Angela Lind was a rising star in the art world: an art critic who could be interested in and at the same time provide educational inputs to art, and was a writer and host of the Bild Journal in the 1990s. It went through the window. A bundle of energy with an energetic push with its broad vision for decades through innumerable trips to the world’s most important art exhibitions and in-depth trips through the history of art.
Never been arrogant
Angela Lind was able to hold the audience and foot readers by the hand and share her deep and extensive knowledge; About contemporary art, modernism, and all other aspects of art history. Although Angela Lind was a well-educated intellectual, she was never arrogant, took knowledge and easily presented it to the audience.
So it made some sense that she wanted to extend the essays, and her interest in the Virginia Wolf and Bloomsbury team was particularly strong; A collection of writers, artists, historians and cultural figures active in Britain in the early 1900s, Ingela Lind worked on two books: Take Freedom. Bloomsbury and the Art of Living in India (2018) and Playing with Modernism (2008).
She complimented the imagination
In the summer of 2018, Angela Linds exhibited a large exhibition of the Bloomsbury Group at the Artieplag Art Gallery outside Stockholm. Thanks to years of research, she was able to borrow a large number of the group’s products for the show: visual arts, furniture, crafts, and even the first editions of unique books – even Virginia Woolf’s reading glasses, which Ingela was particularly happy and proud of.
Babel, Wolf, Towards the Literary Program The Lighthouse (1927) told her 2018 favorite novel. In the novel, a large family with guests celebrates the holidays in their summer home, and the conversations take place during everyday life, during dinners and picnics. Psychologist’s psychological understanding of people’s inner thoughts and feelings – high and low about each other – fascinated Ingela Lind.
It is easy to understand why this book appealed to Ingela, because she worked with the same spirit: praising imagination, feeling, creation, and beauty – but at the same time knew that even dark lines fit the human mind. . There are important things to learn from the Bloomsbury team’s effort, listening attitude; Ingela said there is a current and urgent need today as a counter-burden to the intense conversational atmosphere on social media.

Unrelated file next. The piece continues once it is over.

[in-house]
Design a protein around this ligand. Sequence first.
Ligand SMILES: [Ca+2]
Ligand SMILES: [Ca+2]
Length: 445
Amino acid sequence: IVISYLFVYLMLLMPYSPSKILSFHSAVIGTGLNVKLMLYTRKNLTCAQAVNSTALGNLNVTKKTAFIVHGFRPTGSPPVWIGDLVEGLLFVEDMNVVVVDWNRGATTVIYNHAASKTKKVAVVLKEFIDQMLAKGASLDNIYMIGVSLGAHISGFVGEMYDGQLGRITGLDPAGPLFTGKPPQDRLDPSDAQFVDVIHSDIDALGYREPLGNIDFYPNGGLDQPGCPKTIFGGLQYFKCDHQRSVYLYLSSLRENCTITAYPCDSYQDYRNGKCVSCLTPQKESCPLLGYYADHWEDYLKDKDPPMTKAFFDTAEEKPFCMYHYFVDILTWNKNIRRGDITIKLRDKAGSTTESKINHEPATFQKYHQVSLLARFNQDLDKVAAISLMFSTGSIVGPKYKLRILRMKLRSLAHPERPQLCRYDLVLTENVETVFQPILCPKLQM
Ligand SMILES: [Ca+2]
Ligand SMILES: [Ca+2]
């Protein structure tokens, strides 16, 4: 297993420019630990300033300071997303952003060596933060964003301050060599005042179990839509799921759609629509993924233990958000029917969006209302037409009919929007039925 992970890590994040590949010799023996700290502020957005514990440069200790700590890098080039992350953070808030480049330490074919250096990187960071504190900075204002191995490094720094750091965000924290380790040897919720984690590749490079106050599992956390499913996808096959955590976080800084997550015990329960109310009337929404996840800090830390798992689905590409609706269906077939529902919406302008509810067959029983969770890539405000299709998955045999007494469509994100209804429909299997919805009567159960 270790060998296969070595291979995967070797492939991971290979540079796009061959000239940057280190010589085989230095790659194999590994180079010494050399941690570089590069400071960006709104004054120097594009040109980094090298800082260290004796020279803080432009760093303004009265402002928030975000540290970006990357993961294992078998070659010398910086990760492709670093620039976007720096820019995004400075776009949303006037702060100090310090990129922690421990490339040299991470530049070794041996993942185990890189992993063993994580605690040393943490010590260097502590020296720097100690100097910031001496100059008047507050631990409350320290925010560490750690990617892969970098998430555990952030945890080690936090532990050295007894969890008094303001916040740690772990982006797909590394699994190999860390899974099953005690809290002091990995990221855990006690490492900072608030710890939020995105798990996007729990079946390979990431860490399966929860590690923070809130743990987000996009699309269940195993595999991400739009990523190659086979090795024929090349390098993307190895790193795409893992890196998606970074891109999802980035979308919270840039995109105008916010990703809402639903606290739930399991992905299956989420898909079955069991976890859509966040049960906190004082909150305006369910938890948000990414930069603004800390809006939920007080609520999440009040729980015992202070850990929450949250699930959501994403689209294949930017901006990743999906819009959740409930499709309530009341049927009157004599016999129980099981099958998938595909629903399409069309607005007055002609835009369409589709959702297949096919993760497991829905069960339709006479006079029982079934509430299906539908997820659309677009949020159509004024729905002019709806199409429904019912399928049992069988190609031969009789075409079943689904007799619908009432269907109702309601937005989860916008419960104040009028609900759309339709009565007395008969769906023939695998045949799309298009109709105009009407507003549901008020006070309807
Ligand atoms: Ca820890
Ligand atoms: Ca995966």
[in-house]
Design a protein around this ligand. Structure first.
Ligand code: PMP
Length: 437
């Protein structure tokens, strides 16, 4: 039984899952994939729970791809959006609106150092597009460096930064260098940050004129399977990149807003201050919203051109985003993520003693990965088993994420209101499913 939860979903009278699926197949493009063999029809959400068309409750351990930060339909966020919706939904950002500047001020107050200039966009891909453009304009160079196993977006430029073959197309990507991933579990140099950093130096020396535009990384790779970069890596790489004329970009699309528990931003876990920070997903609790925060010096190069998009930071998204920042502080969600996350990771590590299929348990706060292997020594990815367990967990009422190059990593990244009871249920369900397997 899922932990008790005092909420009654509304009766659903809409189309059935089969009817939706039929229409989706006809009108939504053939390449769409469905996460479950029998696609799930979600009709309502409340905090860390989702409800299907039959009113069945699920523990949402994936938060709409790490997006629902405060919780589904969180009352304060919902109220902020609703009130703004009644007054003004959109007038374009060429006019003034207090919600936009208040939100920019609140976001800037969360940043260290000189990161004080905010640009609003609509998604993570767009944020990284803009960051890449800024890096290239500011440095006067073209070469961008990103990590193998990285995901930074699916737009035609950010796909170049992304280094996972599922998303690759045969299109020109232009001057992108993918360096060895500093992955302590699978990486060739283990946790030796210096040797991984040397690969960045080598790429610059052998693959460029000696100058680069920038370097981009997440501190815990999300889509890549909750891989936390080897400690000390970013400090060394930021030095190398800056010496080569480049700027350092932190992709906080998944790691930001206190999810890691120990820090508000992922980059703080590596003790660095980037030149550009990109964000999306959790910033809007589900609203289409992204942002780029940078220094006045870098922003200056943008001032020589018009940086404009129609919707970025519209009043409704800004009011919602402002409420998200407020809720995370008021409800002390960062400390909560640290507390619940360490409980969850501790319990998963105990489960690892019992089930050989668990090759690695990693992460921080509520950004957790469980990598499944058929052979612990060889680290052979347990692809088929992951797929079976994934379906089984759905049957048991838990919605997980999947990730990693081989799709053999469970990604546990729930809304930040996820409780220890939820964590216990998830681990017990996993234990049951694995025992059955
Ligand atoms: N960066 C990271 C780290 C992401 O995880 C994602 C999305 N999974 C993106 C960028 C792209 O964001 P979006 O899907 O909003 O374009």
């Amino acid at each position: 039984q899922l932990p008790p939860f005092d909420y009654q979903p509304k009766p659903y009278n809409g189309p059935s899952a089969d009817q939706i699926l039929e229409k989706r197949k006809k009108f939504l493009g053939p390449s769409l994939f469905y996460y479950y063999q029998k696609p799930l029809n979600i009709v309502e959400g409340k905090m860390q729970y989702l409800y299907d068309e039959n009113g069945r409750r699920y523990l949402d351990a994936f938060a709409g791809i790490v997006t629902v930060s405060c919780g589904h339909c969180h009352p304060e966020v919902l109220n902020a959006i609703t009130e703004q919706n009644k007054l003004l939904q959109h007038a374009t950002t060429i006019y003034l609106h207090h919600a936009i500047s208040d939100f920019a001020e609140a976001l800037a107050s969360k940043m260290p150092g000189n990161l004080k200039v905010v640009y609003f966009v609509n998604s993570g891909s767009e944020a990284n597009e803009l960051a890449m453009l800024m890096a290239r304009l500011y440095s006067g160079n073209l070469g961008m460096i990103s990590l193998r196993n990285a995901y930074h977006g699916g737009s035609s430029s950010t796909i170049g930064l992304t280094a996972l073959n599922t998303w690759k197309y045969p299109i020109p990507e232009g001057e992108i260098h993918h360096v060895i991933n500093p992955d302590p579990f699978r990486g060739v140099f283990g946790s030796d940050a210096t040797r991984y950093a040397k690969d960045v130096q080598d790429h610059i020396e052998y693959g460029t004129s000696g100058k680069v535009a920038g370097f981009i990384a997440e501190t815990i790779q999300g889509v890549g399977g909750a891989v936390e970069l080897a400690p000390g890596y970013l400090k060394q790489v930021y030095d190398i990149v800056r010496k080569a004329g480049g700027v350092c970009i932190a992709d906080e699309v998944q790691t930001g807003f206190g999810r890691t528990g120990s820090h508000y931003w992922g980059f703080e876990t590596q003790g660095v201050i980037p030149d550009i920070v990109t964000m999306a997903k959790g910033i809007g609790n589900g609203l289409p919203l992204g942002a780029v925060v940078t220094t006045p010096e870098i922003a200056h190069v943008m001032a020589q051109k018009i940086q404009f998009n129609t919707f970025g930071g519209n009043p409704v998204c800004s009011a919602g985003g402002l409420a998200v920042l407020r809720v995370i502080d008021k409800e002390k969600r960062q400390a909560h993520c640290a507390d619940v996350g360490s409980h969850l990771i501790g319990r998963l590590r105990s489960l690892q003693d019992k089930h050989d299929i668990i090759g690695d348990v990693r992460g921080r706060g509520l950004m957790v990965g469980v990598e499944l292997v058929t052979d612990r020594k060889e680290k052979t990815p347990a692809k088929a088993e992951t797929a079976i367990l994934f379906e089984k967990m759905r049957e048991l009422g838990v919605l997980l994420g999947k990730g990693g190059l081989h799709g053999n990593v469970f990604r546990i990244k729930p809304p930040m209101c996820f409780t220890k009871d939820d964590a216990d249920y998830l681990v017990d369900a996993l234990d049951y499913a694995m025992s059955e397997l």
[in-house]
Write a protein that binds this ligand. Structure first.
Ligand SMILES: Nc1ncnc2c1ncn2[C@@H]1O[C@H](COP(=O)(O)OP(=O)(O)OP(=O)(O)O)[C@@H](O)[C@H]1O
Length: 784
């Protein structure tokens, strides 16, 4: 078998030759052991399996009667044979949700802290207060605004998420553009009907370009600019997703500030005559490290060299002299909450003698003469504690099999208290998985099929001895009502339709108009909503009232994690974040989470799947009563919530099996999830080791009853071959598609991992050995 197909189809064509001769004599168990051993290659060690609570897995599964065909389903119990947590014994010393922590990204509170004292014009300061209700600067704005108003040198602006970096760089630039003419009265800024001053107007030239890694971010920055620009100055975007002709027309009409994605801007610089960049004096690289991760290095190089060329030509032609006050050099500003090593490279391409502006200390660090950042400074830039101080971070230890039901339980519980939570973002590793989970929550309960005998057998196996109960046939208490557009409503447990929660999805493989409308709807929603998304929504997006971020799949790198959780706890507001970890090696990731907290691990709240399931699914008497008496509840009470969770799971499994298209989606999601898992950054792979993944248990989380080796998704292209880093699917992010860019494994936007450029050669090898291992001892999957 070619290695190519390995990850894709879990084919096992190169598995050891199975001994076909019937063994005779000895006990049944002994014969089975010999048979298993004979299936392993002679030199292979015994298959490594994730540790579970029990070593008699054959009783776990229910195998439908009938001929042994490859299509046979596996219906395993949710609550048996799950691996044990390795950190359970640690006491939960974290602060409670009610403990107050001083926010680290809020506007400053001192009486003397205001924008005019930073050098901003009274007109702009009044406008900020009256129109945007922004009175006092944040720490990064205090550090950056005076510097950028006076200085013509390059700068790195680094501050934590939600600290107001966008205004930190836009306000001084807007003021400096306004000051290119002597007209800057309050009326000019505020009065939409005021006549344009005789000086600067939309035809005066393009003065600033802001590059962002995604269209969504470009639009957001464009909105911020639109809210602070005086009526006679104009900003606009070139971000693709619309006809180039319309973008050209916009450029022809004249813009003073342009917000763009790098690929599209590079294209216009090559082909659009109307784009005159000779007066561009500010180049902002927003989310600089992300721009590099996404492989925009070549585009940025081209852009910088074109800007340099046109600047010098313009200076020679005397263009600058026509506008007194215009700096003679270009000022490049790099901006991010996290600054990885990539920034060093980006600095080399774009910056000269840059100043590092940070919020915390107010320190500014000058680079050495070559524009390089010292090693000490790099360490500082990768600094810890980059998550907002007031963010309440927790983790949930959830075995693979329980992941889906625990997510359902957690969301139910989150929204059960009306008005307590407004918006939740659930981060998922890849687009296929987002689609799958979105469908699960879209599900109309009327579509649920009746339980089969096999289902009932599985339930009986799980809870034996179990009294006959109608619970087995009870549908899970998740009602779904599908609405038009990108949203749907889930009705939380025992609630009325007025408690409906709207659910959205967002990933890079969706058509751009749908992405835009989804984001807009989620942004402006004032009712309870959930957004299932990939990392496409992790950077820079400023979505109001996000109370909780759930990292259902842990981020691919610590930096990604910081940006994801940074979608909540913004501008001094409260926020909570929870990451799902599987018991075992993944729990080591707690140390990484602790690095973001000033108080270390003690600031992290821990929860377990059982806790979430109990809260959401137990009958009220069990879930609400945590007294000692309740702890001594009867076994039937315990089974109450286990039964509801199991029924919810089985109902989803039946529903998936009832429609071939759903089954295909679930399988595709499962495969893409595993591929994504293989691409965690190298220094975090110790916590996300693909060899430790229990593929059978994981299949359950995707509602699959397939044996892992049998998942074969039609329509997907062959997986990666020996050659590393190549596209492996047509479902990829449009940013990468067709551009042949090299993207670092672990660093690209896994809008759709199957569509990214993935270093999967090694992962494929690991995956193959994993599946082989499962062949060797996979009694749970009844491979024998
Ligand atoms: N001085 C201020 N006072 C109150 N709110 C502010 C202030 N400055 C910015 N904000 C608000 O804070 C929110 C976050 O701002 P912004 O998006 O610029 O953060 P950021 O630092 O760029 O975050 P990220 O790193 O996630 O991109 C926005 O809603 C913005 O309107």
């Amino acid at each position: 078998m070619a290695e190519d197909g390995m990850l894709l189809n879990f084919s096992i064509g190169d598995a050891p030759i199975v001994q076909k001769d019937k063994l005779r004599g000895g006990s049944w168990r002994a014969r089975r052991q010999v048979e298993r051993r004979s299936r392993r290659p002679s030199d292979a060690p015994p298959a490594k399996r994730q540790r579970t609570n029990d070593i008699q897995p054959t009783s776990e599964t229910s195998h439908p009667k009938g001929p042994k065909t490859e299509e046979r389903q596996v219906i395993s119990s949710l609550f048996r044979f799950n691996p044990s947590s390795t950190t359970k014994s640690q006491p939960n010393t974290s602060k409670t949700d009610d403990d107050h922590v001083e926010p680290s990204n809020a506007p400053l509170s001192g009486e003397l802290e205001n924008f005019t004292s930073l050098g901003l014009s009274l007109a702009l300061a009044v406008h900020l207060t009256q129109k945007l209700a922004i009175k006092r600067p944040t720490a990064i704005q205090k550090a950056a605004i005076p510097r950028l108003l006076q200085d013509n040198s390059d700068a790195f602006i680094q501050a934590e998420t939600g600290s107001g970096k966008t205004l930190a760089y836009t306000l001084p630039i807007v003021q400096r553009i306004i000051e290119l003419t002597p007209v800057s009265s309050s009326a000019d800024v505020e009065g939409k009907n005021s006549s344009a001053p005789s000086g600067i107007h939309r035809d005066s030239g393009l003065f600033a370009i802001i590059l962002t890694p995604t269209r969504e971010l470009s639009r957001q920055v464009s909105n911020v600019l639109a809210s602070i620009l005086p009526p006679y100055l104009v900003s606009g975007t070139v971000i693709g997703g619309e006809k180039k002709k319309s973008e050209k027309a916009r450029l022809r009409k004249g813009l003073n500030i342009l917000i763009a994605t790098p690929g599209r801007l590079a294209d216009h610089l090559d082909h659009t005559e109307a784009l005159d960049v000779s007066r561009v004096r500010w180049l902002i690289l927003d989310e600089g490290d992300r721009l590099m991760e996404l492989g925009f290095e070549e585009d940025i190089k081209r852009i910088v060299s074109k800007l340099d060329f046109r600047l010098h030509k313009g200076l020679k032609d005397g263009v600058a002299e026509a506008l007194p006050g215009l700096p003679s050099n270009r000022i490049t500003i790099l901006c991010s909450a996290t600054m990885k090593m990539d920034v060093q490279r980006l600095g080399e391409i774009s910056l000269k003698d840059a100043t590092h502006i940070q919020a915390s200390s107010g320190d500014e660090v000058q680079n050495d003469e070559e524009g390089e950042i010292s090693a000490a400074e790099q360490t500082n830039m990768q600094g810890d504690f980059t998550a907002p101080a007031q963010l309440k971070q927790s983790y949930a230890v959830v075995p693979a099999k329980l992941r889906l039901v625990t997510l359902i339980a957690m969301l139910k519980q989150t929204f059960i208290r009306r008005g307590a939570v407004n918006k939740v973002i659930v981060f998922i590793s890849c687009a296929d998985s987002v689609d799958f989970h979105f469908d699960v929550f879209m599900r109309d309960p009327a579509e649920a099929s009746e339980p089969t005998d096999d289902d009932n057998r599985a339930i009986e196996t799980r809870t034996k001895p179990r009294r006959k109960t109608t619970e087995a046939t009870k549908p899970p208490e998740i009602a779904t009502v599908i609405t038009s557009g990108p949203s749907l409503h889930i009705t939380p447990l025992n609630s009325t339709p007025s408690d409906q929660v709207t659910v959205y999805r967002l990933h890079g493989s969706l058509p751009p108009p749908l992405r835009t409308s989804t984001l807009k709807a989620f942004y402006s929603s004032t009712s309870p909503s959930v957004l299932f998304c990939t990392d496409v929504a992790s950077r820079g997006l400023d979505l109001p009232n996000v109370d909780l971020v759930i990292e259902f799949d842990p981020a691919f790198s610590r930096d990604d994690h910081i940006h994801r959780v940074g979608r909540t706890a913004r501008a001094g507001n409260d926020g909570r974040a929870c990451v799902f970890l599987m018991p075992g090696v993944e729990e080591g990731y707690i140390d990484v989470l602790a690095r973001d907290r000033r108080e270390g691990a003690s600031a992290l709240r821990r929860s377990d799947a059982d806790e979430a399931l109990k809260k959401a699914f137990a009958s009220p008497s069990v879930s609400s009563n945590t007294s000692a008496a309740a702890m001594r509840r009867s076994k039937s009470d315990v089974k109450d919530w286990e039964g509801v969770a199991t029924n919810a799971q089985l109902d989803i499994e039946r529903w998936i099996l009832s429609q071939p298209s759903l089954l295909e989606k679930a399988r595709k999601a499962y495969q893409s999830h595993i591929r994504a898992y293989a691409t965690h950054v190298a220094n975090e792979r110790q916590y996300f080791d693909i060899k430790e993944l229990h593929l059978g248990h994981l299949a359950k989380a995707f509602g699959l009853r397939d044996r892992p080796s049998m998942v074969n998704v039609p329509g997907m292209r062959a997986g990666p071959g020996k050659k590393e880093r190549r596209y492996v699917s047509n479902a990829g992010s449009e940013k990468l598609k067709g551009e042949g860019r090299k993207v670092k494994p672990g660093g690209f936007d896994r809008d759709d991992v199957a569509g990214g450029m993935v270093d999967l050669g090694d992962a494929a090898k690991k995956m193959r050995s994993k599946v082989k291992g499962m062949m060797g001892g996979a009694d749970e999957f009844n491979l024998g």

Met Joseph Beuss
When Ingela Lind and Moderna SVT – Central Constant (2002) in the series were asked to talk about a favorite work of art from the collection of Moderna Musett, she chose the work of Joseph Beas: Hargreave V (Alps), a German artist from 1965. The so-called assembly that looks like mixed garbage in a box.
In fact, Ingela could have boxed in on its scholasticism-critical context, calling the author, Beauce, a “classic weird artist”: the fighter pilot of World War II shot and escaped. Wrapped in animal fat and blankets to Tatar Nomad.
In 1971, Beauz met Ingela as a professor at the Academy of Fine Arts in Dසල්sseldorf because of his model of “every man is an artist” and the enrollment of an unlimited number of students into the school. Ingela was strongly reminded of the fat scent of Beau, like the shaman – he often used bad and blankets in his art. “I’m a fragrant person. Beauce had a strange, strong fat smell,” Ingela laughed, explaining how the disgusting substance in Beas’ art could be interpreted as a healing and expelling force.
As a critic, writer, and guardian, Ingela Lindt’s great art was: always discovering personal, bottom-up and passionate emotions and developing a story rich in many interpretive abilities, thereby making viewers and readers more interested in learning more.